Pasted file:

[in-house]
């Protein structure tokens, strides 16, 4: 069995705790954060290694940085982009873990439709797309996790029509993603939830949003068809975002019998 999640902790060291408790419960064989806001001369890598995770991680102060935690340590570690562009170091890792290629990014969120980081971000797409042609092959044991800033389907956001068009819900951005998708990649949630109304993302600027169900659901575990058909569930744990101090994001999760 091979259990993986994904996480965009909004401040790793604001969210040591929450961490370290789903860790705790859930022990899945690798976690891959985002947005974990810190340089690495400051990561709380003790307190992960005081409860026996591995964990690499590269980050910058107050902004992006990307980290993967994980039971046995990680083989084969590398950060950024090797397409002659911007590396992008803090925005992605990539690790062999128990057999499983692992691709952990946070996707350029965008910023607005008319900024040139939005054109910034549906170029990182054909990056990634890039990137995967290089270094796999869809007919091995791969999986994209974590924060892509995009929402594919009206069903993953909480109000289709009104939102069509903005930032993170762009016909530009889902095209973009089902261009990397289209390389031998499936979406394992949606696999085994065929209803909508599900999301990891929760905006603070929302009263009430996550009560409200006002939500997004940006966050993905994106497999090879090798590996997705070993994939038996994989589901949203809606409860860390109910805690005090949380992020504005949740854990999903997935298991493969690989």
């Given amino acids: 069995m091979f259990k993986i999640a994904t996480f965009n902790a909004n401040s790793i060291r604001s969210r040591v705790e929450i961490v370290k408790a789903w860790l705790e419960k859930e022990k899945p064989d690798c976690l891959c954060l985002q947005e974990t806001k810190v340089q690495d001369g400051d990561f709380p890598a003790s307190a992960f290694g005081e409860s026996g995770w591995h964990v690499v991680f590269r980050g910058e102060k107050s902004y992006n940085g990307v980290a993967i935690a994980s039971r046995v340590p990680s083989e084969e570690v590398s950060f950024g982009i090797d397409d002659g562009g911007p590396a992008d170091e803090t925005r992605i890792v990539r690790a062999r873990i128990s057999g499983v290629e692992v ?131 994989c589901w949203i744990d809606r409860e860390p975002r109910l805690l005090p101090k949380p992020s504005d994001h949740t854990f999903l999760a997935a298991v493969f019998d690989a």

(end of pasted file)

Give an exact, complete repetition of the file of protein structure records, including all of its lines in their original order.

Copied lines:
[in-house]
């Protein structure tokens, strides 16, 4: 069995705790954060290694940085982009873990439709797309996790029509993603939830949003068809975002019998 999640902790060291408790419960064989806001001369890598995770991680102060935690340590570690562009170091890792290629990014969120980081971000797409042609092959044991800033389907956001068009819900951005998708990649949630109304993302600027169900659901575990058909569930744990101090994001999760 091979259990993986994904996480965009909004401040790793604001969210040591929450961490370290789903860790705790859930022990899945690798976690891959985002947005974990810190340089690495400051990561709380003790307190992960005081409860026996591995964990690499590269980050910058107050902004992006990307980290993967994980039971046995990680083989084969590398950060950024090797397409002659911007590396992008803090925005992605990539690790062999128990057999499983692992691709952990946070996707350029965008910023607005008319900024040139939005054109910034549906170029990182054909990056990634890039990137995967290089270094796999869809007919091995791969999986994209974590924060892509995009929402594919009206069903993953909480109000289709009104939102069509903005930032993170762009016909530009889902095209973009089902261009990397289209390389031998499936979406394992949606696999085994065929209803909508599900999301990891929760905006603070929302009263009430996550009560409200006002939500997004940006966050993905994106497999090879090798590996997705070993994939038996994989589901949203809606409860860390109910805690005090949380992020504005949740854990999903997935298991493969690989």
């Given amino acids: 069995m091979f259990k993986i999640a994904t996480f965009n902790a909004n401040s790793i060291r604001s969210r040591v705790e929450i961490v370290k408790a789903w860790l705790e419960k859930e022990k899945p064989d690798c976690l891959c954060l985002q947005e974990t806001k810190v340089q690495d001369g400051d990561f709380p890598a003790s307190a992960f290694g005081e409860s026996g995770w591995h964990v690499v991680f590269r980050g910058e102060k107050s902004y992006n940085g990307v980290a993967i935690a994980s039971r046995v340590p990680s083989e084969e570690v590398s950060f950024g982009i090797d397409d002659g562009g911007p590396a992008d170091e803090t925005r992605i890792v990539r690790a062999r873990i128990s057999g499983v290629e692992v ?131 994989c589901w949203i744990d809606r409860e860390p975002r109910l805690l005090p101090k949380p992020s504005d994001h949740t854990f999903l999760a997935a298991v493969f019998d690989a």